I wish there was a better descriptor for this kind of cooking. The words “Sous vide” don’t really capture the whole idea of cooking in a bag. Vacuum sealing isn’t even necessarily a requirement but it does help a lot. It reduces the risk of uneven cooking which could potentially lead to pathogen reproduction and we definitely don’t want that. So, if you have the money, get yourself a vacuum sealer. I use mine all the time and not just for sous vide cooking. Anyways, once you have ‘re done with the previous section you’re ready to sous vide. Drain any liquids, wash the meat under cold tap water and bag it up. Make sure you get your water bath to cooking temperature before adding the meat… I’m not the best at following this rule but it’s important. Keep food out of the danger zone and if you don’t know what this is google it up. It’s a good safety rule to keep in mind when cooking and not just sous vide. And.. you’re done… go find a chair and wait for 32 hours. For more detailed information regarding this, please visit: COFFEE FLAVORED ROUND TIP SOUS VIDE @ 55C 32H
I don’t always bother with searing meat, specially if nobody is looking but for presentation purposes and definitely for blog posts I do (don’t get me wrong, I love the flavor of golden caramelized anything but I get impatient sometimes!). There’s countless ways of going about this so I will just tell you about how I do it. I don’t have a grill and ventilation in my apartment isn’t the best… my smoke detectors hate me too. Yeah, hellish environment for cooking, I know. This is why I mainly deep-fry for searing purposes. There’re a few issues with this technique but I stand by it. Keep a fire extinguisher handy though. Grease fires are literally living nightmares. Because you can’t really use a commercial deep fryer for this (they don’t get hot enough) you will need a pot and oil with a high smoke point. I find that safflower oil works great, very neutral in flavor and you can get it pretty hot, up to 500F without burning it. Another rule of pot deep-frying… don’t fill your pot with more than 1/3 of oil. Just don’t. You don’t want to deal with 500F oil overflowing and catching on fire. Grease fire living nightmare more like a living night terror. I do most cooking at night by the way.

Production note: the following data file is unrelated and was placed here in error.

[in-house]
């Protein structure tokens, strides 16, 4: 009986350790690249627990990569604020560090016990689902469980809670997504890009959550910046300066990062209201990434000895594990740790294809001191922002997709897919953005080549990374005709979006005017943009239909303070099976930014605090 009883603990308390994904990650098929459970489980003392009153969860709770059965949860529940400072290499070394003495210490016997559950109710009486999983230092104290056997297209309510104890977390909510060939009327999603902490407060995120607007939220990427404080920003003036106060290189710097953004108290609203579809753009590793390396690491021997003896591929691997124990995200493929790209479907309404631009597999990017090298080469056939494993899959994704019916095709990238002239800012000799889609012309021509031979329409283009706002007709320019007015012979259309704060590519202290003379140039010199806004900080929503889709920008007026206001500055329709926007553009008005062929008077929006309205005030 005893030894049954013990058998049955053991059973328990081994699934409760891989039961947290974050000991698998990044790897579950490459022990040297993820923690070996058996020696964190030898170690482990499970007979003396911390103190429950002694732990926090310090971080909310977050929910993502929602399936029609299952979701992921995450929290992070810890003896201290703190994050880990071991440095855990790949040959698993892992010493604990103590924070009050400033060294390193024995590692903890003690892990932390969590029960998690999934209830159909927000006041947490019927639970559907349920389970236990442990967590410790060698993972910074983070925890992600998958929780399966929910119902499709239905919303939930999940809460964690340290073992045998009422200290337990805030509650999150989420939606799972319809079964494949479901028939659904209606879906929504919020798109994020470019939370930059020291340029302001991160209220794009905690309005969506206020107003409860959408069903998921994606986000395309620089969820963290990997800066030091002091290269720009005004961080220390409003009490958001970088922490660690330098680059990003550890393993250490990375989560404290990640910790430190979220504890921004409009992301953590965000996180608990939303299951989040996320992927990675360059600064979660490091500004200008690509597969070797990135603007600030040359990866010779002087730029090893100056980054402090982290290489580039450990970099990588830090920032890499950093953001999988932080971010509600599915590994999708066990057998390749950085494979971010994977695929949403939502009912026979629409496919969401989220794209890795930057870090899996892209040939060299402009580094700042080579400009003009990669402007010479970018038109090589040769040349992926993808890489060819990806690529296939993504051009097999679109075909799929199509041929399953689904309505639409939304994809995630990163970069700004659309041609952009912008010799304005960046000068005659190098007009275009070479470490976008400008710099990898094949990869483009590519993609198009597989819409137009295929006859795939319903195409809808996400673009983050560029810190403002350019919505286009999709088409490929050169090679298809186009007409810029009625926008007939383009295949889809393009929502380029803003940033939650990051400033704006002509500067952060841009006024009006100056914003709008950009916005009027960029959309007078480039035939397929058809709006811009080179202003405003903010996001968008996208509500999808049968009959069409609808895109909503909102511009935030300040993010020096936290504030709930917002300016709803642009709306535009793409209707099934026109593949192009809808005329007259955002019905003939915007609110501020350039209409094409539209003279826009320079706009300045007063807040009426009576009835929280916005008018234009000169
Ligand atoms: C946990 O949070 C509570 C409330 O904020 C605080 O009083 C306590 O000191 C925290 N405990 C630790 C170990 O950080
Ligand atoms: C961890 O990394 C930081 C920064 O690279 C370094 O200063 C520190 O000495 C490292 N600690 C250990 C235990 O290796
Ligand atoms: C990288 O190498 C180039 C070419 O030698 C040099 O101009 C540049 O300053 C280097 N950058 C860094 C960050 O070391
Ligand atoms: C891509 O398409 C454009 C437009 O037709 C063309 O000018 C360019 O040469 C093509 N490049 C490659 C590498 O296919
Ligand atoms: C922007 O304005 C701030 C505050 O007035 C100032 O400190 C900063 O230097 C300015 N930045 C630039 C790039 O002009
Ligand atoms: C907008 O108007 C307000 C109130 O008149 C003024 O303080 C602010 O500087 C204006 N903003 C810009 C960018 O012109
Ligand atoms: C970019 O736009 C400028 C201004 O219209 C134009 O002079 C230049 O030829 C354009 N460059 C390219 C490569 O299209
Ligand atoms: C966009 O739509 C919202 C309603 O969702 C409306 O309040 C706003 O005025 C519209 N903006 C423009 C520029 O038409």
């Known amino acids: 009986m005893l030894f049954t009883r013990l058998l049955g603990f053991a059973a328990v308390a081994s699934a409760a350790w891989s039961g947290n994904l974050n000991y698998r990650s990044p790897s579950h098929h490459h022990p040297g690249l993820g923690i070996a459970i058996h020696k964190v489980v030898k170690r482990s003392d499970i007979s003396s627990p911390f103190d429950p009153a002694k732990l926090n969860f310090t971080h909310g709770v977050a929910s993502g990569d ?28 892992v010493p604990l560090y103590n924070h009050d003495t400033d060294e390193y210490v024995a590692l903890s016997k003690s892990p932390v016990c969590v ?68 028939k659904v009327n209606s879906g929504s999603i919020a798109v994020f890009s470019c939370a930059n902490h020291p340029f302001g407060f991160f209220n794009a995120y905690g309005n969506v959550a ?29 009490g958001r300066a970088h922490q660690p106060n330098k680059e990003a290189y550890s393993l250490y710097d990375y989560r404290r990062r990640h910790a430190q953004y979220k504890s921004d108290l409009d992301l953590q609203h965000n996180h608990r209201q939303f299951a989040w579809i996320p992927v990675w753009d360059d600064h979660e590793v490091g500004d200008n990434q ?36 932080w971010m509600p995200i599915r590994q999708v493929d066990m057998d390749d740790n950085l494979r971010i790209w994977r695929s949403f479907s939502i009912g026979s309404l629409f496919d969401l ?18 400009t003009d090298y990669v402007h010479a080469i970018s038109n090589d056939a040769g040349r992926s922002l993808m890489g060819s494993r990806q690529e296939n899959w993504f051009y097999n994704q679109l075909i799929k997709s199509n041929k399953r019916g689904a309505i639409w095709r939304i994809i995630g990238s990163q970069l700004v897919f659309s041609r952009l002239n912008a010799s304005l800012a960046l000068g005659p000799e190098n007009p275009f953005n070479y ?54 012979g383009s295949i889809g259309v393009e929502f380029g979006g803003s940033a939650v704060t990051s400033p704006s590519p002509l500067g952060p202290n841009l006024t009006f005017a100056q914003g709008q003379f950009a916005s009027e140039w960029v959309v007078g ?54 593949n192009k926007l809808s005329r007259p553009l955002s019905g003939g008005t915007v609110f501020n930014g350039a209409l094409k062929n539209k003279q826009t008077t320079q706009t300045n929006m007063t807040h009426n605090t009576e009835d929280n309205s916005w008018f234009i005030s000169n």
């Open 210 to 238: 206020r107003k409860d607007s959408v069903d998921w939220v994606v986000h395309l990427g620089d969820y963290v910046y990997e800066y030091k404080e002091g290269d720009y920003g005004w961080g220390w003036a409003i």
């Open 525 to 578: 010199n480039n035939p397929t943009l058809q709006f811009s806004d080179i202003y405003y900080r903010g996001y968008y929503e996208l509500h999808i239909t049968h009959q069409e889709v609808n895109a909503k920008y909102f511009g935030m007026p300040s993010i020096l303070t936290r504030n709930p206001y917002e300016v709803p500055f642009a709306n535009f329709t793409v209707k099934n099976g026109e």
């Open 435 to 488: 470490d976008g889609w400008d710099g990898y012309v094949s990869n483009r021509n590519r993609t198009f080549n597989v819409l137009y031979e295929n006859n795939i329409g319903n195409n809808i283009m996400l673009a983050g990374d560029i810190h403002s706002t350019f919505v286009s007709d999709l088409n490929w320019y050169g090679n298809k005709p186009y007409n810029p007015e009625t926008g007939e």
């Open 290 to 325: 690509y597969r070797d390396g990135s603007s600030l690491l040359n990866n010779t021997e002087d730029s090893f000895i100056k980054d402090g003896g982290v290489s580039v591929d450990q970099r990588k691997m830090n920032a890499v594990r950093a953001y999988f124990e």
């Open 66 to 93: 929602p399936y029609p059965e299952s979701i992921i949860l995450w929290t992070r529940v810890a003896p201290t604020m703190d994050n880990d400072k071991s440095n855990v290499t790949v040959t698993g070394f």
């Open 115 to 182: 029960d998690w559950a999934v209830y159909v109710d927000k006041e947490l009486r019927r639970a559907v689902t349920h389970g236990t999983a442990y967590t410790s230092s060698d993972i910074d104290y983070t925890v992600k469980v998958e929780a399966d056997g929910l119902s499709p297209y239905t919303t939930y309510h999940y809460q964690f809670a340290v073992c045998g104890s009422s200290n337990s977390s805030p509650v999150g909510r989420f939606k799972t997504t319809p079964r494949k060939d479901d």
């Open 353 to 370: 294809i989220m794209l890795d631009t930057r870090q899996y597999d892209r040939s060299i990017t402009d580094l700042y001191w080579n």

Don’t really need to bother allowing meat to rest if it has been cooked sous vide. So let’s talk about the … rest of the steps involved (see what I did there?) in making these simple but amazing tacos. You will need 2 more things a least before you can call this a taco. One is a tortilla and the other, sauces and garnishes. All equally important components. I like flour tortillas but feel free to use whatever you like. If you do go for flour tortillas you can use them straight out of the bag. I either deep fry them (hey, the deep frying pot is already hot and ready) or I toast them over a gas stove, flipping them a few times until they “ready”. They will char a bit here and there and smoke a bit too but not enough to anger the detector gods. If you deep fry them, they will bubble up real quick so be ready to pinch them or take em out of the oil quickly. It really only takes a few seconds for tortillas to turn into tostadas. Up to you.
Ok, if you’re still with me that’s great! we’re almost done here. Let’s talk about sauces or salsas. When it comes to salsas and tacos tons of books could be written… so I’m not gonna get into it but I will point you to a few hot sauces that I’ve developed at home if you’re interested. Otherwise, there are plenty of decent ones you can buy at your local store. I’ll leave you with some options and I hope you really enjoy them. I’m working on 2 more hot sauce recipes this weekend. Both fermented and I’m hoping to get the blog posts in before Monday!
And that is it!
Get your sharpest knife and slice the meat to the desired thickness and start stuffing those warm tortillas. After that, smother it all with your favorite hot sauces. You can also add cubed avocados, or make your own guac and use that instead. Chopped cilantro, pickled red onions, etc. It’s really up to you. I keep garnishes to a minimum but that’s me! Go crazy. I won’t be there to stop yah. And that’s it! So yeah… that’s how I make asada tacos. It’s a bit of a long process but as you get more comfortable cooking sous vide or if you already are but haven’t tried the long slow cooking times required to break down tougher cuts, you’ll start to get in the mind set of long term cooking planning with impressive results. Have a great weekend guys!